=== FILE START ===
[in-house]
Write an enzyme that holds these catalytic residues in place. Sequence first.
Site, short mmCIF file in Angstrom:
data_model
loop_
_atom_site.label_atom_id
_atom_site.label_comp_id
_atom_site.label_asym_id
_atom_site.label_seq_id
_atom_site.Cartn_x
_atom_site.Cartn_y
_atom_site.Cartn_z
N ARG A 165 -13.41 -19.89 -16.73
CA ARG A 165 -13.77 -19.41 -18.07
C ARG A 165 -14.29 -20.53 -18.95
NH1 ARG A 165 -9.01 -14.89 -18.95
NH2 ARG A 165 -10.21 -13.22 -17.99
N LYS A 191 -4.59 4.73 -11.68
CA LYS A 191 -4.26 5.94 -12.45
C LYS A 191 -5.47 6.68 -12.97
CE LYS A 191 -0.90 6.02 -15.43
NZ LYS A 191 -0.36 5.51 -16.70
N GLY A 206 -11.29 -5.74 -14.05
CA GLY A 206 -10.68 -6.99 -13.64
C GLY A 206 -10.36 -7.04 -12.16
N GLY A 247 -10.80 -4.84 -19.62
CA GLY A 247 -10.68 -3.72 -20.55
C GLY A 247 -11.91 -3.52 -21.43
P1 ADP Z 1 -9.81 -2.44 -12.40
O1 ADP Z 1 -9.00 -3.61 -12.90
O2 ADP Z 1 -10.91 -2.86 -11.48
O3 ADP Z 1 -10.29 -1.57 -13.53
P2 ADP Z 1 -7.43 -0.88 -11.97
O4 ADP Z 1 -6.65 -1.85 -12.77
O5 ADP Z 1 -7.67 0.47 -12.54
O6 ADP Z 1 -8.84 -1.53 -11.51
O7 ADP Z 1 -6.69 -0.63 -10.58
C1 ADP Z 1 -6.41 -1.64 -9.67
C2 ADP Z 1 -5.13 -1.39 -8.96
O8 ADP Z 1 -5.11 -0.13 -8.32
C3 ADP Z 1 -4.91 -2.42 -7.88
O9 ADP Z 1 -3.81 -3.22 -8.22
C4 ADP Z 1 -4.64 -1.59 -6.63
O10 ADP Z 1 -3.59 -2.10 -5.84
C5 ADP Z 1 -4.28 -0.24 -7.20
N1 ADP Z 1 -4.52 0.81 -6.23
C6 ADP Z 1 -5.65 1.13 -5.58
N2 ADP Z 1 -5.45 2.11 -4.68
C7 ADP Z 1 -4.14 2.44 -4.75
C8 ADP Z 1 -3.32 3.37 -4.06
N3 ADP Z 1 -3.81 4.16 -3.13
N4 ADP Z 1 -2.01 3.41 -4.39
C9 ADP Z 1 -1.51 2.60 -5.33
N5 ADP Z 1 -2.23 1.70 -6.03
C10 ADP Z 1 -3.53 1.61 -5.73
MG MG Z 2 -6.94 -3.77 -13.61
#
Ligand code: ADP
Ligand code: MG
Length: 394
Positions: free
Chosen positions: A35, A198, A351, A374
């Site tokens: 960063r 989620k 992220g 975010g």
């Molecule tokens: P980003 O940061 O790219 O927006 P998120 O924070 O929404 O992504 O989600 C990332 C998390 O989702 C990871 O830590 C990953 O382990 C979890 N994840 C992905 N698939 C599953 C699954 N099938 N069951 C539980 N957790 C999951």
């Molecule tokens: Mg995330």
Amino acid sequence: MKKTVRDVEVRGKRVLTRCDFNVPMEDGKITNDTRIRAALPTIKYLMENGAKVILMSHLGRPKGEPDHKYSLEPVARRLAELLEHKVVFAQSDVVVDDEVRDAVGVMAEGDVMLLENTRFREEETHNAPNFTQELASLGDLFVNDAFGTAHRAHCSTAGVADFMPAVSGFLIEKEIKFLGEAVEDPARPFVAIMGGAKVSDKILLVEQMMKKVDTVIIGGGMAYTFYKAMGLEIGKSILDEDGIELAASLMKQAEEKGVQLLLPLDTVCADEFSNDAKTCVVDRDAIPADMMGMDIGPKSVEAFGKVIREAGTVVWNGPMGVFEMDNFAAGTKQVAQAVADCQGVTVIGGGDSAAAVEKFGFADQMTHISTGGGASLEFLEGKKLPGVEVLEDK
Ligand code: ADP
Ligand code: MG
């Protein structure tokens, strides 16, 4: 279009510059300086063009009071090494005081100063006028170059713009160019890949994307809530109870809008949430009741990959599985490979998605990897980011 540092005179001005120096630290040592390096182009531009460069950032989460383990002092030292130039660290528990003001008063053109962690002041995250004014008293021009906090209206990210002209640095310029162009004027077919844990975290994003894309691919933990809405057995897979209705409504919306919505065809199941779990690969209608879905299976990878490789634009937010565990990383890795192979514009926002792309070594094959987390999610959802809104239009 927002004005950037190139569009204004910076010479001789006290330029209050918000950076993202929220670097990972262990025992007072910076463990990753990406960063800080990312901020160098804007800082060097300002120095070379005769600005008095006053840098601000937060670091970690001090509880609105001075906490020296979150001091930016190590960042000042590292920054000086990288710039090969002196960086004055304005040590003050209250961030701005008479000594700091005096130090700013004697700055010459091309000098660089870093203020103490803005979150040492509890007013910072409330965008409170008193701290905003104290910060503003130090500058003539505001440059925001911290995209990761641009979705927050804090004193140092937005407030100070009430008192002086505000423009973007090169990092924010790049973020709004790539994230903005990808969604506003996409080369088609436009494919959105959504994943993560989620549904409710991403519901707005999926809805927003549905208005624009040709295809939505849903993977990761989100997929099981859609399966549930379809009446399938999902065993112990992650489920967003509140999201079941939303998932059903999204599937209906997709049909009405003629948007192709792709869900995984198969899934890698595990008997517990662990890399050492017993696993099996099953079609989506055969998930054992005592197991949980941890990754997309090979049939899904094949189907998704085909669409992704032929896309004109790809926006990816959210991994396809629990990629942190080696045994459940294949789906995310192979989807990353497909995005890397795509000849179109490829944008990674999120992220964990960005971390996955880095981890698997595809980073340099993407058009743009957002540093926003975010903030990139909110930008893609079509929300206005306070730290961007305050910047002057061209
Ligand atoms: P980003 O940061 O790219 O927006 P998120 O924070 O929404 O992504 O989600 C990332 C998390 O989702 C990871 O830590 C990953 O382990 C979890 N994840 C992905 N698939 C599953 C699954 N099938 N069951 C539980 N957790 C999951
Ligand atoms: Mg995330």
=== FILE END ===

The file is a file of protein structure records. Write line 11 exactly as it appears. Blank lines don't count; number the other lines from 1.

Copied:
_atom_site.Cartn_y